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Will being religious make it easier to be happy?

by Mrs. Sara Esther Crispe


Library » Mitzvot » Should I do them? | Subscribe | What is RSS?


Any time anyone pursues a cure for happiness, happiness is probably about the last thing that person will find. Happiness is something that must come from within, and is the result of stability, both emotionally and spiritually. Being “religious” doesn’t mean much unless it is something that is completely integrated into every aspect of one’s life. It is one thing to externally follow rules and keep laws, but if they have no meaning and doesn’t affect one’s thought process, then it probably won’t permeate deep enough to affect one’s mental state from which happiness derives.

Simultaneously, it should not be de-legitimized that a religious lifestyle is definitely a means to enjoying a happy and fulfilling life. But it is not like a wonder drug. The reason that one could safely say that those leading religious lifestyles are more stable and happy people, is because the context of Jewish law, alongside the values and morals of the Torah, provide one with a healthy and stable framework. When people feel fulfilled, intellectually, emotionally, and spiritually stimulated, then these same people would usually describe themselves as “happy.”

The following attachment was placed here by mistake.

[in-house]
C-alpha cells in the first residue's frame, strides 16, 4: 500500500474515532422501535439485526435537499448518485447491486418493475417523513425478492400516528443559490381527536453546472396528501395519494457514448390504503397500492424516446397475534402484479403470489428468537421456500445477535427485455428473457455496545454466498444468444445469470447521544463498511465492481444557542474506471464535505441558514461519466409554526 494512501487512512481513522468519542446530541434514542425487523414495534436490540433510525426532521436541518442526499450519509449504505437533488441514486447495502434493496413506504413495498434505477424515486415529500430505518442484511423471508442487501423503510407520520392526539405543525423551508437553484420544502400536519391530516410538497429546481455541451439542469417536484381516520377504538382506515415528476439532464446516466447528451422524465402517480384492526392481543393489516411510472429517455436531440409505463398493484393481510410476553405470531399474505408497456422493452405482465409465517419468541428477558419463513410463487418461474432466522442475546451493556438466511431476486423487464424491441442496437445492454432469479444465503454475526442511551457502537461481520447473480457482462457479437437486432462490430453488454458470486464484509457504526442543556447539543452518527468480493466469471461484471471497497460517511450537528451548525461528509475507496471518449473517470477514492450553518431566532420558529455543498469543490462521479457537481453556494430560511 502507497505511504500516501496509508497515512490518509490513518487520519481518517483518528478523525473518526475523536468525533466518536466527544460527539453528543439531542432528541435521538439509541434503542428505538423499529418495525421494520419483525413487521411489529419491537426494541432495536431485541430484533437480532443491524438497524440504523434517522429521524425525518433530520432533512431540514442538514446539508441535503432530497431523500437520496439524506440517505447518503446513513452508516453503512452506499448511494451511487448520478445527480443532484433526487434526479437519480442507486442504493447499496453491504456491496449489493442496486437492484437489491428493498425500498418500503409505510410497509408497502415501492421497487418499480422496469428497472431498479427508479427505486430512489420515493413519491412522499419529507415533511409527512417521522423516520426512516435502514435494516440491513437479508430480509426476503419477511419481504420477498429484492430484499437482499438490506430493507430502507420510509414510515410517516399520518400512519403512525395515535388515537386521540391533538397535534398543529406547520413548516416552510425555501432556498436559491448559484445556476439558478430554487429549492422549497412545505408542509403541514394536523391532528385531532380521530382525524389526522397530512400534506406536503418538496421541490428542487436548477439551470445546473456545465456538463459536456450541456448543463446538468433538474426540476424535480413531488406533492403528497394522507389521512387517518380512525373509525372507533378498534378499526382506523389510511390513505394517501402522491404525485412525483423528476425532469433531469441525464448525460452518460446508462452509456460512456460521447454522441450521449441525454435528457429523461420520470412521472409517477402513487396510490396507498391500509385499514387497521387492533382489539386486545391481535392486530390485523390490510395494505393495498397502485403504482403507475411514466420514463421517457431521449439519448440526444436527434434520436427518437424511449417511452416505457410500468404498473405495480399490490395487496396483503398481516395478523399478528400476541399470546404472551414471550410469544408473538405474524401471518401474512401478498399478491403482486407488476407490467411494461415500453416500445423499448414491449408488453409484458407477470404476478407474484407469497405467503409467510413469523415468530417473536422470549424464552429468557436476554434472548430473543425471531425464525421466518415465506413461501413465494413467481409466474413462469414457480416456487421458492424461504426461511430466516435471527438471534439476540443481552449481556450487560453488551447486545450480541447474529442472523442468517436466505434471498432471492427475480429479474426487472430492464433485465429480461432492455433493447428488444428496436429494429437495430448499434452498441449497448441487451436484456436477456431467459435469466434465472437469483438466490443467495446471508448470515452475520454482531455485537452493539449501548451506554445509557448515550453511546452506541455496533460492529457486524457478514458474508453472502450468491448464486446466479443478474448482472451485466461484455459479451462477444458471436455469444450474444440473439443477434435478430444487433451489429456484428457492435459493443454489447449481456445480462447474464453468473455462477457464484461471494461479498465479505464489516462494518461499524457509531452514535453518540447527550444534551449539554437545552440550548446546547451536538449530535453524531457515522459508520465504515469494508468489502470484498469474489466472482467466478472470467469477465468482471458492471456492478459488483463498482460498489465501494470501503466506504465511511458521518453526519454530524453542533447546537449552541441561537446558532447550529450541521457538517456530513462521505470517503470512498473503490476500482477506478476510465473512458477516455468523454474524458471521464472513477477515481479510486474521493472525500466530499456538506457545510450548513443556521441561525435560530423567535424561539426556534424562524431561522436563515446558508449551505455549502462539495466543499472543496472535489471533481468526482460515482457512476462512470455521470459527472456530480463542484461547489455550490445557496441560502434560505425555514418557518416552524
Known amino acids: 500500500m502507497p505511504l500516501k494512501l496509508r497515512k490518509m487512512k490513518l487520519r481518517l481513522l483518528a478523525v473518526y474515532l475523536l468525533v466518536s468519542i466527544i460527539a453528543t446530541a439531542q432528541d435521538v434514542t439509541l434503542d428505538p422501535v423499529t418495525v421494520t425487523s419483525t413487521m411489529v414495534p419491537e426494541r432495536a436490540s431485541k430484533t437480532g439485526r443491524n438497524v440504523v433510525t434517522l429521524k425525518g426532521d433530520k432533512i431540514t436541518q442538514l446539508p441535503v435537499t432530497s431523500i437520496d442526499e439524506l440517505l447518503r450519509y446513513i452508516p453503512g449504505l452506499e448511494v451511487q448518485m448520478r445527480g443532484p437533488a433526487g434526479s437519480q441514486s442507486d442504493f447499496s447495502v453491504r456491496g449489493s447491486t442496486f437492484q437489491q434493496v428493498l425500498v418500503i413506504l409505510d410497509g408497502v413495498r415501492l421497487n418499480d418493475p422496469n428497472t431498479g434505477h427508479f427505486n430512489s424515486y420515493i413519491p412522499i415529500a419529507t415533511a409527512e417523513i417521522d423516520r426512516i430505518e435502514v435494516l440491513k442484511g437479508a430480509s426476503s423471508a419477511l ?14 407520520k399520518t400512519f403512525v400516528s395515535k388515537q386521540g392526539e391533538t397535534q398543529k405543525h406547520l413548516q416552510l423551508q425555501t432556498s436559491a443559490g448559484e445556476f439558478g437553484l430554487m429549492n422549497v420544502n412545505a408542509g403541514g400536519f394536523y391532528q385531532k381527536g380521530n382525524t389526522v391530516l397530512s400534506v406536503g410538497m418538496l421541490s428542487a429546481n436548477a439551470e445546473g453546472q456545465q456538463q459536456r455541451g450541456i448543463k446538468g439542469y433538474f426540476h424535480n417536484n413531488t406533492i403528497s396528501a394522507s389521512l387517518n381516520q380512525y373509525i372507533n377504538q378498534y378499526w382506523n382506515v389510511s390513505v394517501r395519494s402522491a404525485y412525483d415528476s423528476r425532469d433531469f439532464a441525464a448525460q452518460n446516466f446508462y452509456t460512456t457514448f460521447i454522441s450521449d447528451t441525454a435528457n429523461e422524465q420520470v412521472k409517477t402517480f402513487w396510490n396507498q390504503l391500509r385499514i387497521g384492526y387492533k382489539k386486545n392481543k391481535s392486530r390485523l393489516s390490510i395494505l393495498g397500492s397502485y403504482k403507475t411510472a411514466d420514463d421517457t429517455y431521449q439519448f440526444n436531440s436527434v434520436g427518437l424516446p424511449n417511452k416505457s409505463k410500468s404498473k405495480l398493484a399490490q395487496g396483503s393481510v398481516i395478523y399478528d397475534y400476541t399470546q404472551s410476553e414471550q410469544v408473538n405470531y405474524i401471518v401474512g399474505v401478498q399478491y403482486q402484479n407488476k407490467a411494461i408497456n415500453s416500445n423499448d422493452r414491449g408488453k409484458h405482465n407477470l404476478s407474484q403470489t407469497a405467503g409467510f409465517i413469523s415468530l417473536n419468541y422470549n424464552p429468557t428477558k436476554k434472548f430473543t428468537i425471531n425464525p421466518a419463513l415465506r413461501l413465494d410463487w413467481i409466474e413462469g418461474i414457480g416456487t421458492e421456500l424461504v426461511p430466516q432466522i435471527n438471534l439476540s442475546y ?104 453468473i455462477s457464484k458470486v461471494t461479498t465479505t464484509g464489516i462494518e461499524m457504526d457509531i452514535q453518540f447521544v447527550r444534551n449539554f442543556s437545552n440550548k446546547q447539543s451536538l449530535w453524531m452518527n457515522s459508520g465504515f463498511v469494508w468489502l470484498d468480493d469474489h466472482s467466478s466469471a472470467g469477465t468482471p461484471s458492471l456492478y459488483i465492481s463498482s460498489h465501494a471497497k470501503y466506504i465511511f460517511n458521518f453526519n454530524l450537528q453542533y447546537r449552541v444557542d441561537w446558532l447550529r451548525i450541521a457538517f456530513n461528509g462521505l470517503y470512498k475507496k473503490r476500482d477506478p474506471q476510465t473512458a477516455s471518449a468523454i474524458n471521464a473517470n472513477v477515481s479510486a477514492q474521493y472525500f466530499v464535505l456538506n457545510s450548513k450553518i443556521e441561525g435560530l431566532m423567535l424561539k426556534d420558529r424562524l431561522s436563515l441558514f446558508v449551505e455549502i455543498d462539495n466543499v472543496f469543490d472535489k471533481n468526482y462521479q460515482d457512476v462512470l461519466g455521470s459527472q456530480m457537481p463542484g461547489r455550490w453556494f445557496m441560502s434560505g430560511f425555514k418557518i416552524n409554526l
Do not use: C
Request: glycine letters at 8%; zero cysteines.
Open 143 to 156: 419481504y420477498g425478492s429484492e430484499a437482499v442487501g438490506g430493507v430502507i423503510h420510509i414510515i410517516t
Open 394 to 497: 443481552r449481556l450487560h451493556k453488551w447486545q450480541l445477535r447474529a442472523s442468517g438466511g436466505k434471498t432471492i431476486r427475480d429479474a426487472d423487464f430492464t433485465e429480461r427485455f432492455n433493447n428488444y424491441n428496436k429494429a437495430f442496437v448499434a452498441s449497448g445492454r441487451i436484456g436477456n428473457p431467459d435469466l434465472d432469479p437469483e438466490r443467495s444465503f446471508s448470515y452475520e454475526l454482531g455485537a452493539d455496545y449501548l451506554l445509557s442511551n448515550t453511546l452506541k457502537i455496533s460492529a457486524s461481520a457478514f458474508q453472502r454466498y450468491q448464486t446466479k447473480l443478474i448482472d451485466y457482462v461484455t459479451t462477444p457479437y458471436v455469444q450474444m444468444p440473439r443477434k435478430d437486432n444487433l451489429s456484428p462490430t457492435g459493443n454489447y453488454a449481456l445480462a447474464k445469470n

So it is not so much “being religious” that is the reason for one’s happiness, but rather the fact that religion requires belief, faith, and an understanding that everything happens for a reason and that there is a lesson to be gained from all situations. When our daily happenings become meaningful and nothing is left to chance, then we feel more relaxed and safe and can open ourselves up to the positive experiences around us. Only when we are scared and feel the need to protect ourselves, do we create borders and walls, and happiness has a hard time then finding its way in.


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Posted by: Anonymous on Dec 08, 2006

Great article- thanks


Philosophy » Happiness

Torah is G–d’s teaching to man. In general terms, we refer to the Five Books of Moses as “The Torah.” But in truth, all Jewish beliefs and laws are part of the Torah.